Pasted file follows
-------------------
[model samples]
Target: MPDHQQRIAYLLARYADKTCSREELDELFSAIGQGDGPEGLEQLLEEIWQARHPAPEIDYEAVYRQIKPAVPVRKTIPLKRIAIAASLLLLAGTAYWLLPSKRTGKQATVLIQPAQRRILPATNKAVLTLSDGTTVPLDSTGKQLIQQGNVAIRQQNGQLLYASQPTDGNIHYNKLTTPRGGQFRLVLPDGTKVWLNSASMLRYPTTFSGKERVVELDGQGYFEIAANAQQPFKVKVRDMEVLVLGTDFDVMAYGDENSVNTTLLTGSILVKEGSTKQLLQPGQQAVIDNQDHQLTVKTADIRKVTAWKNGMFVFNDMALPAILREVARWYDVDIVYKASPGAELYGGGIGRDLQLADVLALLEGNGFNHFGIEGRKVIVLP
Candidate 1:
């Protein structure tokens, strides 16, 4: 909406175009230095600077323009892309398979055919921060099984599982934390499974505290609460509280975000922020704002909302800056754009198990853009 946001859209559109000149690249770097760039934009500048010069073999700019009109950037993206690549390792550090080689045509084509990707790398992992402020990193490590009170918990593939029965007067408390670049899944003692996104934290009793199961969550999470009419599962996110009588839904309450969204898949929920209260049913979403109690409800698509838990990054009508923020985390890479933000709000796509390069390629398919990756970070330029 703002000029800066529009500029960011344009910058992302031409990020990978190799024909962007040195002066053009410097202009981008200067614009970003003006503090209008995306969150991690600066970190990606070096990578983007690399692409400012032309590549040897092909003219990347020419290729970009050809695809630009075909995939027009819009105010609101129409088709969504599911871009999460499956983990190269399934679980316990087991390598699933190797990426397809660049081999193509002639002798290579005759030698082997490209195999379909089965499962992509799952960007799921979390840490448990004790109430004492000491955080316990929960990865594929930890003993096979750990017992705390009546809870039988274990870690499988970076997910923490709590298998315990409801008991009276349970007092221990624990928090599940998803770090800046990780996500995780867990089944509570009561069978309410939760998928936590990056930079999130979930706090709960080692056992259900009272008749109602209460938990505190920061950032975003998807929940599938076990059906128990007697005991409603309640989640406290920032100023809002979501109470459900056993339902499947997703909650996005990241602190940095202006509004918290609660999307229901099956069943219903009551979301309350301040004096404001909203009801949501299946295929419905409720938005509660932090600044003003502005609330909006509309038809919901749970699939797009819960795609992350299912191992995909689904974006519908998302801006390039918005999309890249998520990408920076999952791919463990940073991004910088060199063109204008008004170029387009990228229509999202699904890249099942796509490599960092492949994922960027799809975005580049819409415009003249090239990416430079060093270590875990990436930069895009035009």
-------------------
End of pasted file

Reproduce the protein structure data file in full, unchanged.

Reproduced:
[model samples]
Target: MPDHQQRIAYLLARYADKTCSREELDELFSAIGQGDGPEGLEQLLEEIWQARHPAPEIDYEAVYRQIKPAVPVRKTIPLKRIAIAASLLLLAGTAYWLLPSKRTGKQATVLIQPAQRRILPATNKAVLTLSDGTTVPLDSTGKQLIQQGNVAIRQQNGQLLYASQPTDGNIHYNKLTTPRGGQFRLVLPDGTKVWLNSASMLRYPTTFSGKERVVELDGQGYFEIAANAQQPFKVKVRDMEVLVLGTDFDVMAYGDENSVNTTLLTGSILVKEGSTKQLLQPGQQAVIDNQDHQLTVKTADIRKVTAWKNGMFVFNDMALPAILREVARWYDVDIVYKASPGAELYGGGIGRDLQLADVLALLEGNGFNHFGIEGRKVIVLP
Candidate 1:
């Protein structure tokens, strides 16, 4: 909406175009230095600077323009892309398979055919921060099984599982934390499974505290609460509280975000922020704002909302800056754009198990853009 946001859209559109000149690249770097760039934009500048010069073999700019009109950037993206690549390792550090080689045509084509990707790398992992402020990193490590009170918990593939029965007067408390670049899944003692996104934290009793199961969550999470009419599962996110009588839904309450969204898949929920209260049913979403109690409800698509838990990054009508923020985390890479933000709000796509390069390629398919990756970070330029 703002000029800066529009500029960011344009910058992302031409990020990978190799024909962007040195002066053009410097202009981008200067614009970003003006503090209008995306969150991690600066970190990606070096990578983007690399692409400012032309590549040897092909003219990347020419290729970009050809695809630009075909995939027009819009105010609101129409088709969504599911871009999460499956983990190269399934679980316990087991390598699933190797990426397809660049081999193509002639002798290579005759030698082997490209195999379909089965499962992509799952960007799921979390840490448990004790109430004492000491955080316990929960990865594929930890003993096979750990017992705390009546809870039988274990870690499988970076997910923490709590298998315990409801008991009276349970007092221990624990928090599940998803770090800046990780996500995780867990089944509570009561069978309410939760998928936590990056930079999130979930706090709960080692056992259900009272008749109602209460938990505190920061950032975003998807929940599938076990059906128990007697005991409603309640989640406290920032100023809002979501109470459900056993339902499947997703909650996005990241602190940095202006509004918290609660999307229901099956069943219903009551979301309350301040004096404001909203009801949501299946295929419905409720938005509660932090600044003003502005609330909006509309038809919901749970699939797009819960795609992350299912191992995909689904974006519908998302801006390039918005999309890249998520990408920076999952791919463990940073991004910088060199063109204008008004170029387009990228229509999202699904890249099942796509490599960092492949994922960027799809975005580049819409415009003249090239990416430079060093270590875990990436930069895009035009």